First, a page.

As Valery Gergiev’s tenure as Principal Conductor of the London Symphony Orchestra comes to an end, a flurry of journalistic think pieces inevitably follow, scrutinising what has undoubtedly been a tumultuous relationship. As with outgoing prime ministers and presidents, it will take time to properly understand how posterity will judge Gergiev’s reign. What is sure though is Friday night’s concert afforded the best opportunity to see Gergiev on top form in the solid, 20th-century, mainly Russian repertoire in which he tends to excel.

Valery Gergiev © Alexander Shapunov
Valery Gergiev
© Alexander Shapunov

The first half strayed from Russian repertoire, with an attractive pairing of Bartók’s Dance Suite and Piano Concerto no. 2 in G major (with its opening motif derived from Stravinsky’s Firebird, which made up the second half). Whilst Bartók’s Dance Suite has quite an episodic feel, it is held together by a recurring ritornello and a finale that brings together the previous thematic material (five dances based on Arabic, Wallachian and Hungarian themes). It doesn’t come across as an overtly patriotic work, it has too much of a rustic, pastoral feel, or rather it should do, the performance felt overly serious at times, and Gergiev’s pauses between movements broke the momentum. Nevertheless, the sheer level of orchestral skill displayed by the players in this vividly orchestrated piece set the tone for the concert.

Bartók’s Piano Concerto no. 2 is a notoriously difficult work, despite Bartók’s intentions to write something less challenging, for both performers and listeners, than his First. Whilst he did succeed in crafting a more melodic work, the piece is still replete with rhythmic difficulties, and very complex counterpoint that at the same time is often curiously unflashy. For these reasons it can be unnerving to watch. It is also full of ideas, so much so that it could easily seem slightly incoherent but it seemed to make sense under Gergiev’s baton. Yefim Bronfman was confident from that start, producing a weighty sound, but retaining a sense of the myriad of interweaving lines. Ironically, it’s fair to say that, because of its incredible difficulty, pianists might have some leeway in performing this piece as it would take a great deal of effort and skill to actually spot any mistakes. However, during the clearer passages: furious scales and moments of diatonic harmony, Bronfman was completely precise. Gergiev’s conducting was alert, and the brief moment of respite in the centre, a typical Bartókian ‘night music’ Adagio was nicely controlled. The barnstorming finale was exuberant.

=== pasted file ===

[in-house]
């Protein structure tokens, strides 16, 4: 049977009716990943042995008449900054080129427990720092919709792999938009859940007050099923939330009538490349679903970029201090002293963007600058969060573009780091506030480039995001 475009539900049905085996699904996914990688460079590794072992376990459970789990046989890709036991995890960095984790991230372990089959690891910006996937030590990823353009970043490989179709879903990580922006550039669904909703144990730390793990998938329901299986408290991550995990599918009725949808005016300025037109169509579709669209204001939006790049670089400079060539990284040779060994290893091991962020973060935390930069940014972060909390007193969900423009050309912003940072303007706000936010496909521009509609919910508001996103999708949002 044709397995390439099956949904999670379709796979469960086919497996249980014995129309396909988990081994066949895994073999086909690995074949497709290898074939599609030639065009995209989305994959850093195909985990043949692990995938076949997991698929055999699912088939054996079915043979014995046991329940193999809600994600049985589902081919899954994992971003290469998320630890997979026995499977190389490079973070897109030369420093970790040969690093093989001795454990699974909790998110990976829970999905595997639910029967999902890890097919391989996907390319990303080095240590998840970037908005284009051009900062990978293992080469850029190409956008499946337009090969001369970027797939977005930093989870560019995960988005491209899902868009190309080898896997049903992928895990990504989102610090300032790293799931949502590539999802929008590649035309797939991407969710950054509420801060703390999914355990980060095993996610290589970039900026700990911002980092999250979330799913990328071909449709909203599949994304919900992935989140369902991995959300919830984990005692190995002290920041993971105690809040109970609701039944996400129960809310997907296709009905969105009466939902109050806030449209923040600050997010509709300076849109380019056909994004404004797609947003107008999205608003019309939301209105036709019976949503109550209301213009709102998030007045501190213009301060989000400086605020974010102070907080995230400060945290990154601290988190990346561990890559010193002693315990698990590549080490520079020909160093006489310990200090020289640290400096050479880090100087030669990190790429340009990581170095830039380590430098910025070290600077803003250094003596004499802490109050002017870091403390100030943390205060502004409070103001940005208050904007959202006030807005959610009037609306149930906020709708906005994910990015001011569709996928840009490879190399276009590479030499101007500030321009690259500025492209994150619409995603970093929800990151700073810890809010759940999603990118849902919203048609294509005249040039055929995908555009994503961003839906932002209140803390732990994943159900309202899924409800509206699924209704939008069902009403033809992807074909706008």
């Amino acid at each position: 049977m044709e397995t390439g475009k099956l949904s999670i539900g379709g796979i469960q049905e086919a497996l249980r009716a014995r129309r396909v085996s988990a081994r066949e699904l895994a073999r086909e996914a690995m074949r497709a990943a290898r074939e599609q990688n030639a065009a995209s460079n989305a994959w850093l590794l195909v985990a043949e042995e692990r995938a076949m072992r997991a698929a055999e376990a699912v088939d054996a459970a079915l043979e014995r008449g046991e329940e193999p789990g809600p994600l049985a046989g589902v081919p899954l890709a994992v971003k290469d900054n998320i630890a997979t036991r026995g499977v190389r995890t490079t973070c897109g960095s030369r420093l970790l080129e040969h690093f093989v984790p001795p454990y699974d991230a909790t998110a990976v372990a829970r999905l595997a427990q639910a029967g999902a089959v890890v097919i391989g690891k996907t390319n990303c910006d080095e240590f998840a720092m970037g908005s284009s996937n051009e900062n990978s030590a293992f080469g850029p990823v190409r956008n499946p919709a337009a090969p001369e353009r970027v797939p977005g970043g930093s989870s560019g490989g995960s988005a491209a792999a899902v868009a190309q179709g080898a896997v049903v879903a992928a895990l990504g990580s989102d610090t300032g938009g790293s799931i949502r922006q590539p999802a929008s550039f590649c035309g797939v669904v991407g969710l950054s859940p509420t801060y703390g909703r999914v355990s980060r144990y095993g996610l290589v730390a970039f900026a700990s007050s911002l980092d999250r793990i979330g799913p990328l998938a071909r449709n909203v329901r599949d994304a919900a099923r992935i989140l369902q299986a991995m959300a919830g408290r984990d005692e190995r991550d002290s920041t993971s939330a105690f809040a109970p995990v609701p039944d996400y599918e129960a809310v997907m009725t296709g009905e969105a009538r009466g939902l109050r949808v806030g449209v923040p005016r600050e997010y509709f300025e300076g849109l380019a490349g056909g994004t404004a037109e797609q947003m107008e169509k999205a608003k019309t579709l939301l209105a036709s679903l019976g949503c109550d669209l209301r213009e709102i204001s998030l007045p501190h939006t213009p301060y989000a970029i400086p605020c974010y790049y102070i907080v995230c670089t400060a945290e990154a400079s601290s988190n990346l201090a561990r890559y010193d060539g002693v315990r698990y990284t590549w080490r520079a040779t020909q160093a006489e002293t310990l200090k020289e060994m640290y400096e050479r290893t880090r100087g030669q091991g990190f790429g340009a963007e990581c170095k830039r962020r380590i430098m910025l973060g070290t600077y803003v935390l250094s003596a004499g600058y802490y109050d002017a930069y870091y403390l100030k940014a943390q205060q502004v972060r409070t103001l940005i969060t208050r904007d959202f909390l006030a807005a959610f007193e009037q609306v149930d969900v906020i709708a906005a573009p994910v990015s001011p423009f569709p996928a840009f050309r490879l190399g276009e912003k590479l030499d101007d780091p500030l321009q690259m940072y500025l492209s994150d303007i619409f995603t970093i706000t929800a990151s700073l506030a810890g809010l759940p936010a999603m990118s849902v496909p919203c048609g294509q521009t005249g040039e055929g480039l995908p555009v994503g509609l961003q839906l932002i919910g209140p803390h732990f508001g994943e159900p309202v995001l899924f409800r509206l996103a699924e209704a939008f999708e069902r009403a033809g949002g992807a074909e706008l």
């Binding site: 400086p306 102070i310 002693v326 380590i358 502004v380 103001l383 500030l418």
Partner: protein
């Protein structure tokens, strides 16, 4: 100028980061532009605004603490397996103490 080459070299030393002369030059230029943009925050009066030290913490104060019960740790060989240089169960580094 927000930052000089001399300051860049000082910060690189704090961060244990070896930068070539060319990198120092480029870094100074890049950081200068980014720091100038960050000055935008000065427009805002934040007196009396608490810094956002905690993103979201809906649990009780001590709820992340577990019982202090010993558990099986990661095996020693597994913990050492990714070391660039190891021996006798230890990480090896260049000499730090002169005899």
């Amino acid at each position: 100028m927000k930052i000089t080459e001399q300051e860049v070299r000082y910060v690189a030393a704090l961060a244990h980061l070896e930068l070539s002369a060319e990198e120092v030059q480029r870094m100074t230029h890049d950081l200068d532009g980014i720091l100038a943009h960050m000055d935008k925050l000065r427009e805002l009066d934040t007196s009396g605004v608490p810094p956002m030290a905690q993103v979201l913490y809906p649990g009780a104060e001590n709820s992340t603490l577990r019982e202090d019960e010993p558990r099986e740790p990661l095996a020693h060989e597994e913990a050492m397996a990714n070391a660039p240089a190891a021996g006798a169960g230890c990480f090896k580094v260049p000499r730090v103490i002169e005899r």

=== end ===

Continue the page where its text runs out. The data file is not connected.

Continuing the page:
The second half, given over to The Firebird in its complete ballet form, was the highlight of the evening. All sections of the LSO excelled, after what had already been a challenging concert. The opening bars lacked a little intensity, but after that, all tiny orchestral details were attended to. The gorgeous folk melodies had an air of nostalgia and poignancy, and the strings achieved miraculous pianissimi. The “Infernal Dance” was in contrast hysterical and exciting. Gergiev luxuriated in the famous finale, taking things at a slower pace than is common. There was a moment of uncertainty as the piece accelerated towards the climax, as the accelerando was necessarily quicker than normal, but everything came together, including the magnificent LSO brass section to lead to an exhilarating conclusion.